For the first time, researchers have performed a version of the famous double-slit experiment with antimatter particles.
The double-slit experiment demonstrates one of the fundamental tenets of quantum physics: that pointlike particles are also waves. In the standard version of the experiment, particles travel through a pair of slits in a solid barrier. On a screen on the other side, an interference pattern typical of waves appears. Crests and troughs emerging from each slit reinforce each other or cancel each other out as they overlap, creating alternating bands of high and low particle density on the screen.
This kind of experiment has revealed the wave-particle duality of photons, electrons, atoms and even large molecules (SN: 11/20/10, p. 20). But its very difficult to generate a strong, uniform beam of antiparticles to do the experiment with antimatter. Now, a new double-slit–style experiment, reported online May 3 in Science Advances, has confirmed the wavelike nature of the electrons antimatter counterpart: the positron.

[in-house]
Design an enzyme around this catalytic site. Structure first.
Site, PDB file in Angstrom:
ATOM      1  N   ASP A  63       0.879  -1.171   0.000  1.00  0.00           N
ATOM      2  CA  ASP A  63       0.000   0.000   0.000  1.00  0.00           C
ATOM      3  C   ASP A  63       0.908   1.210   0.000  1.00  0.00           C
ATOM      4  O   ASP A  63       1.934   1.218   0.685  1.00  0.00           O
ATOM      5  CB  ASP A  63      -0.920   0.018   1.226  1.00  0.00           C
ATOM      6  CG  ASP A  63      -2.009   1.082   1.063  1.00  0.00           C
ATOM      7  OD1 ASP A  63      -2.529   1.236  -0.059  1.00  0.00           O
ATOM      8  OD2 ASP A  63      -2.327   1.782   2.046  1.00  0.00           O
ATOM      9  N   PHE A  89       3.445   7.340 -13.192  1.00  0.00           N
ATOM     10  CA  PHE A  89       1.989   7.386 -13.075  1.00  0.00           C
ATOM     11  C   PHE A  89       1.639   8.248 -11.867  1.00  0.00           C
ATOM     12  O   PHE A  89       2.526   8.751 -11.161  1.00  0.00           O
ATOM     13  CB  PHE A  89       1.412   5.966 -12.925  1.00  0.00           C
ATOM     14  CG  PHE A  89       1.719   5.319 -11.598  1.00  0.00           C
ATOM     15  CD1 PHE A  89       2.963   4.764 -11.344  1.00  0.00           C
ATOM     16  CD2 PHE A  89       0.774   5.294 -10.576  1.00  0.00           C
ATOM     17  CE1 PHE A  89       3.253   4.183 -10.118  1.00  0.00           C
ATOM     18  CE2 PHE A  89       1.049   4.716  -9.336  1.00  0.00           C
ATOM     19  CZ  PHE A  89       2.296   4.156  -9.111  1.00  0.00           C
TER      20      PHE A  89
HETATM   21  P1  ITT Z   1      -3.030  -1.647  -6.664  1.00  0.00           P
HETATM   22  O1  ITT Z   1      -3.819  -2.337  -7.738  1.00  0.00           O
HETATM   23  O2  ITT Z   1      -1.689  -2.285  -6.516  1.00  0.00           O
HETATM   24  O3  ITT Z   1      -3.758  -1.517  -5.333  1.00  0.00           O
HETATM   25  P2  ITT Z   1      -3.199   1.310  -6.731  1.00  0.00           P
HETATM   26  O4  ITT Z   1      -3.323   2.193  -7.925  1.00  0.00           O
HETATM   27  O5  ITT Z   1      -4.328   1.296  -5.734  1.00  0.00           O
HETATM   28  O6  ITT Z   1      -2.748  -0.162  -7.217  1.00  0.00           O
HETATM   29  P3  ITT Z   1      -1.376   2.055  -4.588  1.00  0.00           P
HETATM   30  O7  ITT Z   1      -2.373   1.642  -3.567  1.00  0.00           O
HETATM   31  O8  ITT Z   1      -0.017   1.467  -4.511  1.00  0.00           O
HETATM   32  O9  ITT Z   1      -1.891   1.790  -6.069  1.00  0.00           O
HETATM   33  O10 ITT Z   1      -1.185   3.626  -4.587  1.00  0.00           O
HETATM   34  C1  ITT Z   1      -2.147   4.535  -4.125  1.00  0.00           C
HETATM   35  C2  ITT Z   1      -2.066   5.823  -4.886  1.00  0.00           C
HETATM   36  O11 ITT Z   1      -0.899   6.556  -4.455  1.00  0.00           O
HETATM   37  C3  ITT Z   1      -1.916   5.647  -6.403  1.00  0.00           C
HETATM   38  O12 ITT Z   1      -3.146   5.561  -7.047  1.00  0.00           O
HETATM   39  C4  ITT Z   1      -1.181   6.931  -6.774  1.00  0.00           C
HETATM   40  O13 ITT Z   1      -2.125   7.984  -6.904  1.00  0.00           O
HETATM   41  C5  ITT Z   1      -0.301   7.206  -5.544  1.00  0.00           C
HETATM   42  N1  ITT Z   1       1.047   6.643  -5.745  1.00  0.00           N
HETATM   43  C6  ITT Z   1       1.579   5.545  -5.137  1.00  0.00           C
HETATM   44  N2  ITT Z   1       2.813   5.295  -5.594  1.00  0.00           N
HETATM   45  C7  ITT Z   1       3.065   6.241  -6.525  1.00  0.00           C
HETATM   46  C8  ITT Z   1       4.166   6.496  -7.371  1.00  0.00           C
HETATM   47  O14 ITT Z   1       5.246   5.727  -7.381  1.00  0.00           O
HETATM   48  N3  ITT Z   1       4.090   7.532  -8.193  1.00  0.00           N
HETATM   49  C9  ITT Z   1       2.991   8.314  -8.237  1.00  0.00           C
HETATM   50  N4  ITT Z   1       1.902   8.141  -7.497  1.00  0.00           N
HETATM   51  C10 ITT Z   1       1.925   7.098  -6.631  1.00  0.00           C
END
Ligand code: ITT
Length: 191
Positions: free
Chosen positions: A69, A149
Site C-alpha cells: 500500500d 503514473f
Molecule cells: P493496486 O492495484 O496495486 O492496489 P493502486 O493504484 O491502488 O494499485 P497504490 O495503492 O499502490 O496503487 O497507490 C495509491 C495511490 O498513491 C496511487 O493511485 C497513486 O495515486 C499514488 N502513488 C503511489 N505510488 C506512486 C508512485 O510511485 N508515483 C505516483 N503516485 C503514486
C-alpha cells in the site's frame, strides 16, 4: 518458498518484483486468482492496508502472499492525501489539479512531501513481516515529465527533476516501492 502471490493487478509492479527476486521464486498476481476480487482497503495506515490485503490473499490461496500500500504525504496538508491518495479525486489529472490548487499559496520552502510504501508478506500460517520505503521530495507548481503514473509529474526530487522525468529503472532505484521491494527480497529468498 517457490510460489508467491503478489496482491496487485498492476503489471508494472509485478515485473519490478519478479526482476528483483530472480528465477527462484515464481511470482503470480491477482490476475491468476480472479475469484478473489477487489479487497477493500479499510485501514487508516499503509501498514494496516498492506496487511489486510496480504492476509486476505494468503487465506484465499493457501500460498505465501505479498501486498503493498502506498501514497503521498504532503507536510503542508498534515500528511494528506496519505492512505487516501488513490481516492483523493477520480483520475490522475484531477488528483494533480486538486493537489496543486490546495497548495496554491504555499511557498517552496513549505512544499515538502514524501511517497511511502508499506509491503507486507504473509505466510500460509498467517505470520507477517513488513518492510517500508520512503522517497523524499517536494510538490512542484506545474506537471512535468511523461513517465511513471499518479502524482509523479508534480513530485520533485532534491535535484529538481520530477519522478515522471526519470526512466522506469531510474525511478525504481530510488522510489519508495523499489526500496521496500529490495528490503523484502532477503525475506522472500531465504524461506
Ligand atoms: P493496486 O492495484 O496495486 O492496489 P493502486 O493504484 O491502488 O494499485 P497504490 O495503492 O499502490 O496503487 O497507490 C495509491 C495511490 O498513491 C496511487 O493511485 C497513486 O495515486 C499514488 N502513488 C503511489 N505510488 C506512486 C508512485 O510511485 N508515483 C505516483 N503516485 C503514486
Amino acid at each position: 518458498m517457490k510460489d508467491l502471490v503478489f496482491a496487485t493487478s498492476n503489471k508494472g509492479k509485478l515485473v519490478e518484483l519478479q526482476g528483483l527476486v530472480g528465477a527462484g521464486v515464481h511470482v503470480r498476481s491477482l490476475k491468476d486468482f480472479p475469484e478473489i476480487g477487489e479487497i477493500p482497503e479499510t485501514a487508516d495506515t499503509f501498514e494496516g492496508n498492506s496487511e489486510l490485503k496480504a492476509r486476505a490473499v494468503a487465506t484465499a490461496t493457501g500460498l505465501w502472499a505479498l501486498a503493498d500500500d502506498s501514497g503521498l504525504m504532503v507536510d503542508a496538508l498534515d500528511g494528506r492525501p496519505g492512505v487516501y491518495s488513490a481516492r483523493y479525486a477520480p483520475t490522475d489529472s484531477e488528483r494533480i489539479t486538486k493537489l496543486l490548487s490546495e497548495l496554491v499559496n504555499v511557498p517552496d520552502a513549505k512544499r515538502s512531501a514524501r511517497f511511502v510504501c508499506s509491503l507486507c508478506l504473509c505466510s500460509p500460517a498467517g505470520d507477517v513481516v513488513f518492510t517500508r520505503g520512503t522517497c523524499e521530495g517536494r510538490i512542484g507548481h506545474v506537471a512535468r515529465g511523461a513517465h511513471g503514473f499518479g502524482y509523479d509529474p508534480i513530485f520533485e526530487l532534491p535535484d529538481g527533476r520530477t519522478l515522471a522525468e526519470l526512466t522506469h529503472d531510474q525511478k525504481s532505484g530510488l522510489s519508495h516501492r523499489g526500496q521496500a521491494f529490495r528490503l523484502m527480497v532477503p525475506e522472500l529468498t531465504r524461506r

The researchers designed a device in which positrons, generated through the radioactive decay of the isotope sodium-22, travel through two successive rows of vertical rods less than a micrometer thick. The gaps between these rods, each a few hundred nanometers across, work like the slits in the classic double-slit experiment. The positron waves propagate out to a nuclear emulsion detector, where the antiparticles alter the chemical structure of silver bromide crystals.
The nuclear emulsion detector “is like a photographic film,” says study coauthor Marco Giammarchi, a physicist at the NationaRead More – Source